• Nomination for the GI Best Dissertation Award 2017
    Ulm University nominated my dissertation for the GI Best Dissertation Award 2017, a national award (joint with the GI Germany, Switzerland, and Austria) for the best dissertation in the field of Computer Science. The GI (Gesellschaft für Informatik, eng: Society for Computer Science) encourages nominations that make progress in the field of Computer Science or related practical-oriented areas; they should further have some impact on the today's society. The final winners were announced here. My 10-page dissertation abstract (in German), as well as all other nomitated dissertations, are published in the Proceedings "Ausgezeichnete Informatikdissertationen" (eng: Awarded Computer Science Dissertations).
     
  • Paper Presentation at Press Conference of AAAI 2015
    I was presenting my system demo paper "A Planning-based Assistance System for Setting Up a Home Theater" (AAAI 2015) at a press conference that was hold during the AAAI conference 2015. They selected five papers that are of interest to the public due to their relevance for today's society.

 

Reviewing:

Reviewer for journals:
(Mostly severely outdated and years omitted -- both on purpose to maintain anonymity.)

  • Journal of Artificial Intelligence (JAIR)
    (1 article)
  • Theoretical Computer Science
    (1 article, awarded for outstanding reviewing)
  • IEEE Transactions on Systems, Man and Cybernetics: Systems
    (1 article)
  • KI – Künstliche Intelligenz
    (3 articles in a Special Issue on Companion Technologies for which I was a guest editor)

Reviewer for book chapters:

Senior Program Committee (SPC) member at conferences:

  • ICAPS: 2019

Program Committee (PC) member at conferences:

  • IJCAI: 2013, 2019, 2020
  • IJCAI-ECAI: 2018
  • ECAI: 2020
  • AAAI: 2015, 2017–2019 (honored as outstanding PC member 2019)

Program Committee (PC) member at workshops:

  • ICAPS-Hiearchical Planning: 2018-2020

Reviewer for conferences (in addition to the PC/SPC memberships):

  • ICAPS: 2012, 2015–2018, 2020
  • ECAI: 2016
  • AAAI: 2012, 2014
  • KI: 2012–2013

Reviewer for workshops:

  • Computer Games Workshop: at IJCAI 2017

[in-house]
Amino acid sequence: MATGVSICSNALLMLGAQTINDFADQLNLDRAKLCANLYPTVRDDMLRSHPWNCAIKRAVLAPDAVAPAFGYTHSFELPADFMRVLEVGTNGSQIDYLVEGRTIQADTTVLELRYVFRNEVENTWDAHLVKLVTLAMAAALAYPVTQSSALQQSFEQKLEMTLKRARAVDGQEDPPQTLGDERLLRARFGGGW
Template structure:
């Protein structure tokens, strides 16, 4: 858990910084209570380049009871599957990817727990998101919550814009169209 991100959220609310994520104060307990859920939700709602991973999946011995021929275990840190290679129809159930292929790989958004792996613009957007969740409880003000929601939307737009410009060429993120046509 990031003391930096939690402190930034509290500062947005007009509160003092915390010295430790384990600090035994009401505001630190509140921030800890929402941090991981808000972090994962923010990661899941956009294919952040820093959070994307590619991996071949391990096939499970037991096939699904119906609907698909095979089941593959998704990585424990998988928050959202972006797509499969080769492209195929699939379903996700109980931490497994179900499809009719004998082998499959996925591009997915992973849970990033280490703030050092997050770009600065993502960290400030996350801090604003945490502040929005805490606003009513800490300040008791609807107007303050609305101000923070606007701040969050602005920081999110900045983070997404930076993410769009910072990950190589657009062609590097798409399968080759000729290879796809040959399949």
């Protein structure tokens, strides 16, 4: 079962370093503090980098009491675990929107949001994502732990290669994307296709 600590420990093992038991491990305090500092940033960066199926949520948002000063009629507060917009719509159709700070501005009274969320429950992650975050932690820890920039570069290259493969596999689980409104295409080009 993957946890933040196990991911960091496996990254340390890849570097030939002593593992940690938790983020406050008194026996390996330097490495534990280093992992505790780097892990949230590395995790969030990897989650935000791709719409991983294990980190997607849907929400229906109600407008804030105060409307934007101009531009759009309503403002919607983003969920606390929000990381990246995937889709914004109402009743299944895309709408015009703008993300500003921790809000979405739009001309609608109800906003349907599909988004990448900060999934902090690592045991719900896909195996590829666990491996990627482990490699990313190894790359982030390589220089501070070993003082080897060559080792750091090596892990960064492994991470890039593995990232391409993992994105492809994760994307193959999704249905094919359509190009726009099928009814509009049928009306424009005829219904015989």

Invited Talks:

  • I gave a keynote speech about Companion Systems at the Digital Companion Workshop at MuC (Mensch und Computer; eng.: Human and Computer) 2018 in Dresden, Germany
  • KI 2017, where I presented my 2017 IJCAI paper "An admissible HTN planning heuristic" in the "sister conference track".
  • In November 2017, I was invited to discuss the potentials and risks of AI in a so-called Junior Science Working Group of a high school in Fulda, Germany, in a plenum discussion together with other experts on the field (Prof. Dr. Gepperth, Prof. Dr. Winzerling, and Dr. Quarch).

 

Further services to the University and the AI community:

  • I am supporting my former colleagues Gregor Behnke and Daniel Höller in the organization of the IPC 2020 on Hierarchical Task Network (HTN) Planning. For more information see http://ipc2020.hierarchical-task.net.
  • I was in the appointment committee for the new Junior Professorship in Explainable Artificial Intelligence at Ulm University, Germany in 2019.
  • I was the initiator of the ICAPS Workshop for Hierarchical Planning – to the best of our knowledge the very first workshop dedicated to hierarchical planning.
  • Together with Daniel Höller, I gave the first Tutorial on HTN Planning at ICAPS 2018.
  • From October 2016 to October 2019 I was the project coordinator for the technology transfer project Do it Yourself, but not alone: Companion-Technology for Home Improvement.
  • I was a guest editor for the journal "KI - Künstliche Intelligenz" for the Special Issue on Companion-Technologies, which appeared in February 2016.
  • I was in charge of creating a video that promotes a planning-based assistant for setting up a complex home theater. The video further explains the applied scientific technologies for a not necessarily scientific audience.

I use this page to make all downloads and links available that could be interesting and useful for some.
 

Hierarchical Planning

  • Tutorial on HTN planning by me and my former colleague Daniel Höller: link
  • A video explaining how Hierarchical Planning can be applied to realize assistance support for complex reasoning tasks -- illustrated with a system that supports in the task of setting up a home theater. All deployed technologies (such as hierarchical planning) get explained tailored to a general non-scientific audience: video


Classical Planning

  • Lecture slides introducing classical planning from scratch, focusing on heuristic search, one 2-hour lecture: download


Various

  • My LaTeX files for slides using beamer: download
    Note that this design does not comply with the ANU style guides.
  • Material for students who are new to doing scientific research and scientific writing. Specifically: A presentation about how to search for scientific papers and another one about writing a thesis (or semiar paper). An example seminar paper is given as well to provide an example on how to cite papers appropriately: download